Only in Montreal will a hockey team sitting atop their division fire their head coach. This was exactly the scenario last Tuesday Feb. 14, when the Canadiens terminated Head Coach Michel Therrien.
Earlier this year, Therrien was selected to coach the Atlantic Division at the NHL All-Star Game on Jan. 29. At the time, his team had a comfortable lead in the Atlantic Division and he was in the running for the Jack Adams Trophy for best NHL coach. Two and a half weeks later, he now finds himself unemployed.
On what must have been a heartbreaking Valentine’s Day for Therrien, the 53-year-old was dismissed to be replaced by former Canadiens’ head coach Claude Julien. Longtime Habs fans probably brushed aside the initial headlines, thinking they were just old news. Julien was hired by the Canadiens in the middle of the 2002-2003 season to replace Therrien after his first stint with the team. Fifteen years later, there’s a combination of shock and déjà vu in Montreal.
While firing a winning head coach might sound ridiculous anywhere else, job security isn’t part of coaching in Montreal. Canadiens fans demand more than just a winning team: The expectation year in and year out is to win the Stanley Cup. Being first in the division meant nothing to the Habs’ front office who doubted Therrien’s ability to lead the team down the final 24 game stretch and into the playoffs. After starting the season 13-1-1, the Habs went a mediocre 18-18-7. In Therrien’s final 10 games as head coach, they were a pitiful 3-6-1.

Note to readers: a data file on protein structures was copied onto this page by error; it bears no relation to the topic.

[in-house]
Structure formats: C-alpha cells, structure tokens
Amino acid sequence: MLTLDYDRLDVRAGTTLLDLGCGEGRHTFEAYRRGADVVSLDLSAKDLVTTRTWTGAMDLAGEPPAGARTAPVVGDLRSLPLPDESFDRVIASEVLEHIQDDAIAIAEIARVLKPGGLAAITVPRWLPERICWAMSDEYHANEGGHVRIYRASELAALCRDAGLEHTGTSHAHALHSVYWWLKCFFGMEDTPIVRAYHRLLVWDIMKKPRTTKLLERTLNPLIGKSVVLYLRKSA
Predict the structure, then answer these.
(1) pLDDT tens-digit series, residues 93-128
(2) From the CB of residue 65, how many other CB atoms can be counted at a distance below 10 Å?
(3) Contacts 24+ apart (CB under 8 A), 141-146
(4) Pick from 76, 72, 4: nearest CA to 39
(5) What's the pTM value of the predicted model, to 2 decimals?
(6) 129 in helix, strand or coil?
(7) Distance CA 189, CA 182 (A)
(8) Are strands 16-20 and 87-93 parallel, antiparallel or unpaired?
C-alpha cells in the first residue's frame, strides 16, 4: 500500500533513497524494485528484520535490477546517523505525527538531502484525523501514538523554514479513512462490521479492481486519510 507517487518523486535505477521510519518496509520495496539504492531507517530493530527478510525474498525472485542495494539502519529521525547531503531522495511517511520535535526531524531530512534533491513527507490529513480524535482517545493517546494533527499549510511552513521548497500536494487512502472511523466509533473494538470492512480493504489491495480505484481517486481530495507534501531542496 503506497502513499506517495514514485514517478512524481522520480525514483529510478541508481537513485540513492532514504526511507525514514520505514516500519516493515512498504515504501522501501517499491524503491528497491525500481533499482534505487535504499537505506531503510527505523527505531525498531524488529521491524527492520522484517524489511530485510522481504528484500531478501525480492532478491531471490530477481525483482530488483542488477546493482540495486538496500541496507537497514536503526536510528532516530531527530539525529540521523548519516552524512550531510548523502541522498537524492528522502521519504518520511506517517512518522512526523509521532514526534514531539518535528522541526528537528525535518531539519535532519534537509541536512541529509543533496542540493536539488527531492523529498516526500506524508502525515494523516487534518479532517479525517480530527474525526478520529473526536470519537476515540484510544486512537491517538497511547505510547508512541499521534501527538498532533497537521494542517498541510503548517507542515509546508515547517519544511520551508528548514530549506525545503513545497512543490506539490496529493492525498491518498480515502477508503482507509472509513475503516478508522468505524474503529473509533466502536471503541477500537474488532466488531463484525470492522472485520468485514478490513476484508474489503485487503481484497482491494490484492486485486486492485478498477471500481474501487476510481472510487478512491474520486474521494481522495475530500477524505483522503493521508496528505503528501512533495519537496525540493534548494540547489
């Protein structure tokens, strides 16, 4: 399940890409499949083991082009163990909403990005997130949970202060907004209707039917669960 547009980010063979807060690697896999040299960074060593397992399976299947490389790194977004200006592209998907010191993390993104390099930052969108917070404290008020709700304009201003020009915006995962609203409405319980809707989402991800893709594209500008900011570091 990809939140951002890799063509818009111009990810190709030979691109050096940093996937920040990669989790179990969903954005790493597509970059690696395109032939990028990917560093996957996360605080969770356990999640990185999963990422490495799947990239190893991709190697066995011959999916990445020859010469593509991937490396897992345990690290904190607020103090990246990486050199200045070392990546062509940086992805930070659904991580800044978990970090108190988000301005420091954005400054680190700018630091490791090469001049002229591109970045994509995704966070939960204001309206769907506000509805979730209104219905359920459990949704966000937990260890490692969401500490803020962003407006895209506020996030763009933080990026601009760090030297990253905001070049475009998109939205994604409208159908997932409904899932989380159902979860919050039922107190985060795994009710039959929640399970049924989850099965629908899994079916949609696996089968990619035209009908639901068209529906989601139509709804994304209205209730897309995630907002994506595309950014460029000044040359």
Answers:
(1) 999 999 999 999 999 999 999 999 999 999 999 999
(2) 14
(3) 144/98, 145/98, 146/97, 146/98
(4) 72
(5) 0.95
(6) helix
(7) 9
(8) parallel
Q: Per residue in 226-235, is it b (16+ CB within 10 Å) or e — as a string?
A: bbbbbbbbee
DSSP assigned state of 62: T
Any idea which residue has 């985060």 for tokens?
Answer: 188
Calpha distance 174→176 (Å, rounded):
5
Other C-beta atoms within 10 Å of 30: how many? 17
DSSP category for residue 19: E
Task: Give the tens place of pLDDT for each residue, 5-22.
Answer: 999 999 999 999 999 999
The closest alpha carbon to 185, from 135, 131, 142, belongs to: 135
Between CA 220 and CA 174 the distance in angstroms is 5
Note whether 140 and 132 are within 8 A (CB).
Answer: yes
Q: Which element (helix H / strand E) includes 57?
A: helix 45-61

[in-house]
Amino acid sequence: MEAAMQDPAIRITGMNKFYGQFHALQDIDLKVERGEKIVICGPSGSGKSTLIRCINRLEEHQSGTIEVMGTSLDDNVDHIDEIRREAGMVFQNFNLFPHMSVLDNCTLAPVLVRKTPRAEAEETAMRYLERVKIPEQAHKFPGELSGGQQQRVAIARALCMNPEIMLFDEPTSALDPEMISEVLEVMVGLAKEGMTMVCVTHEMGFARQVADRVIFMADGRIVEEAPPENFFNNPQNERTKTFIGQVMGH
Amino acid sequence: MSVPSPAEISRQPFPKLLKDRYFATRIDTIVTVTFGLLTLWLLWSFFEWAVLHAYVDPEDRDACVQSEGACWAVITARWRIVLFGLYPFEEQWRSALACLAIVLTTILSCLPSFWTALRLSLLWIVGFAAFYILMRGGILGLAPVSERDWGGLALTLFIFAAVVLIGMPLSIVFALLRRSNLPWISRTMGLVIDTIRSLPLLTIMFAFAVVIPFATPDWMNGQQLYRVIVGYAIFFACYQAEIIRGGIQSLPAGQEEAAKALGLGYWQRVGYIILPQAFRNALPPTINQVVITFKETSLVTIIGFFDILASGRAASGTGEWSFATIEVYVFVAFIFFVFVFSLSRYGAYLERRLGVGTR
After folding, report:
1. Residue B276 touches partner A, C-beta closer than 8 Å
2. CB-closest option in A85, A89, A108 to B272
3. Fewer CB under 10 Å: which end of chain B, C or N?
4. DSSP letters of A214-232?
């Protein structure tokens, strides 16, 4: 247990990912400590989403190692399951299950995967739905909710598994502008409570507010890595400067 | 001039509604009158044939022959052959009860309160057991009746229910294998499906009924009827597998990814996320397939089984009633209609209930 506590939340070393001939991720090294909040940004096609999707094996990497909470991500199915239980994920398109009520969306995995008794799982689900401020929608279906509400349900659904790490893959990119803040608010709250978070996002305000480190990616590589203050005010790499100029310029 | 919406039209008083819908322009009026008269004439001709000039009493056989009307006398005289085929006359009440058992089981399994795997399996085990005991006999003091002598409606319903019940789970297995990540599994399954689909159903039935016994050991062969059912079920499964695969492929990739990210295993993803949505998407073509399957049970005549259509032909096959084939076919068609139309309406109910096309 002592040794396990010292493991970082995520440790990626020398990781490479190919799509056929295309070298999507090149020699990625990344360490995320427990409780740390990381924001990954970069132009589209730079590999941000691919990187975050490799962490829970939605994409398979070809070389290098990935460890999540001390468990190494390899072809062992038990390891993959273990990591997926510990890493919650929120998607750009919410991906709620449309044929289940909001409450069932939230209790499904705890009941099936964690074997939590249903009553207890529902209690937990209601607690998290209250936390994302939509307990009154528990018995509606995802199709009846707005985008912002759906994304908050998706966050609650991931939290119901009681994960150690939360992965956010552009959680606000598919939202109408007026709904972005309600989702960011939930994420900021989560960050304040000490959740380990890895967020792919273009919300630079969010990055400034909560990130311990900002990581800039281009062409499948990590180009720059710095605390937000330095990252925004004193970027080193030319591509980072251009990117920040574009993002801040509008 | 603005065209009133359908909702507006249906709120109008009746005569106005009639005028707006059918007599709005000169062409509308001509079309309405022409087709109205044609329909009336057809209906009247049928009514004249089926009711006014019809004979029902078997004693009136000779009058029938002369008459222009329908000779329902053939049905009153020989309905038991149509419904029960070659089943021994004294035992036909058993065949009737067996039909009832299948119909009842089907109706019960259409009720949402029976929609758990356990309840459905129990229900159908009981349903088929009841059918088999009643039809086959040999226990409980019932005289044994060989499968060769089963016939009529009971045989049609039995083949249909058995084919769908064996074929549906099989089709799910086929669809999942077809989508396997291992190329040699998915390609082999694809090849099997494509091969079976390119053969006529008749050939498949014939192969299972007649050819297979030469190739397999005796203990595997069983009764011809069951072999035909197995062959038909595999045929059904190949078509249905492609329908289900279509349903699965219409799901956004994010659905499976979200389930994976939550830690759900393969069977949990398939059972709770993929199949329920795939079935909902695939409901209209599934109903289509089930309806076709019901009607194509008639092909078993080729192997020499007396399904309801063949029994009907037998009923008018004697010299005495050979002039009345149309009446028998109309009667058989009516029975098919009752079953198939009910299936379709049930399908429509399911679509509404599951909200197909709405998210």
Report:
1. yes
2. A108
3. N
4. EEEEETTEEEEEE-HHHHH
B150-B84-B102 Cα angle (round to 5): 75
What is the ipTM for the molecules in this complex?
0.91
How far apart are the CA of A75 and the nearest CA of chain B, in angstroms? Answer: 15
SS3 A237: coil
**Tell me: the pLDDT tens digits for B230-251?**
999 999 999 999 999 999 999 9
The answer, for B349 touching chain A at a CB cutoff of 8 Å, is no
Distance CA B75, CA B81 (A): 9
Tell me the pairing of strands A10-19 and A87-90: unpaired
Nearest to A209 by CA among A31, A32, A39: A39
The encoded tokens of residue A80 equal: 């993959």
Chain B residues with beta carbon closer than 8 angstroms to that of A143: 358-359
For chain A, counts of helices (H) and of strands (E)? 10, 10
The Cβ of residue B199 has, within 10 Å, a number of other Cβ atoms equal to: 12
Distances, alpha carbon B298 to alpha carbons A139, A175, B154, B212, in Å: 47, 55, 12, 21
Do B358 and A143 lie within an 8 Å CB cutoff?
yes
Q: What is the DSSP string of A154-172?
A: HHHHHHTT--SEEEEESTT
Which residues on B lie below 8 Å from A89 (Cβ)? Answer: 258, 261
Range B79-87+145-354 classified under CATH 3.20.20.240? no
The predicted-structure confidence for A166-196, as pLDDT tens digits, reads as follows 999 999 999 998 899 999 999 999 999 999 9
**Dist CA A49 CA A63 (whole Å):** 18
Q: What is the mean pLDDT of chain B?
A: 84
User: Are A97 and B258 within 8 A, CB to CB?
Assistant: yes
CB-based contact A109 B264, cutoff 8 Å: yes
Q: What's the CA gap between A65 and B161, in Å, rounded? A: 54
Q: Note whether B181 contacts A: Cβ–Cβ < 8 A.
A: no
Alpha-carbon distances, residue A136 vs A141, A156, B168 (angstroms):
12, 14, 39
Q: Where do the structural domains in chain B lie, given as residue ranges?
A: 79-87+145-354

Last year, the team had a similarly strong start and early Stanley Cup favourites, but the squad imploded soon after goaltender Carey Price was injured. Refusing to endure another disappointing season without change, Canadiens General Manager Marc Bergevin made the proactive decision to replace Therrien.
Besides the team’s recent struggles, Julien’s departure from the Boston Bruins on Feb. 7 likely pushed the Canadiens to make their coaching change. Simply put, Julien is a talented coach who can speak French. While linguistic skills shouldn’t be the key factor in hockey coaching, in Montreal, if you can’t speak French, you can’t coach the Habs. Luckily for Canadiens fans, their new coach is also a proven commodity. During his ten-year stint with the Boston Bruins, he took them to the Stanley Cup finals twice, winning in 2011. Having a francophone coach of that calibre, along with current problems the Canadiens are experiencing, likely pushed Bergevin to offer Julien the position.
Even though the new coach arrives late in the season, he will face the same pressure–if not more–to win as Therrien. Being a former Canadiens coach means he knows the expectations placed upon him. The Canadiens and their fans have no patience when it comes to winning and, as seen with Therrien, can be heartless. While going back to an ex isn’t always the best idea, when they’ve gone out and made something of themselves, it can’t be all bad to try again to make the most of it.